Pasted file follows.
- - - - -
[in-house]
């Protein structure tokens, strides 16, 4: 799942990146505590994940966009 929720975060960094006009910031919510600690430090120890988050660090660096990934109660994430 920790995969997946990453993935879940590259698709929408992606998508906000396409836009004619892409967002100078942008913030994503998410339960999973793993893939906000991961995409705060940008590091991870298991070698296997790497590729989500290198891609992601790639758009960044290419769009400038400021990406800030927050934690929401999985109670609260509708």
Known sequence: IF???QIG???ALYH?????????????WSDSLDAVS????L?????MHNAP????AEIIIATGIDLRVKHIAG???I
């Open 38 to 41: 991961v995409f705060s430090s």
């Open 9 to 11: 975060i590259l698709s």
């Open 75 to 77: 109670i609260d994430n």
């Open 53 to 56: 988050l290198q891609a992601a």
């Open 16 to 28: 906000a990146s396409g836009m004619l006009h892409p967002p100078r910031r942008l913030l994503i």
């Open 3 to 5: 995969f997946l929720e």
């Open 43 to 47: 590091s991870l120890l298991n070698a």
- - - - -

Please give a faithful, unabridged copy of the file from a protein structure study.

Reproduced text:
[in-house]
């Protein structure tokens, strides 16, 4: 799942990146505590994940966009 929720975060960094006009910031919510600690430090120890988050660090660096990934109660994430 920790995969997946990453993935879940590259698709929408992606998508906000396409836009004619892409967002100078942008913030994503998410339960999973793993893939906000991961995409705060940008590091991870298991070698296997790497590729989500290198891609992601790639758009960044290419769009400038400021990406800030927050934690929401999985109670609260509708």
Known sequence: IF???QIG???ALYH?????????????WSDSLDAVS????L?????MHNAP????AEIIIATGIDLRVKHIAG???I
């Open 38 to 41: 991961v995409f705060s430090s």
């Open 9 to 11: 975060i590259l698709s």
């Open 75 to 77: 109670i609260d994430n």
């Open 53 to 56: 988050l290198q891609a992601a």
């Open 16 to 28: 906000a990146s396409g836009m004619l006009h892409p967002p100078r910031r942008l913030l994503i």
């Open 3 to 5: 995969f997946l929720e």
């Open 43 to 47: 590091s991870l120890l298991n070698a």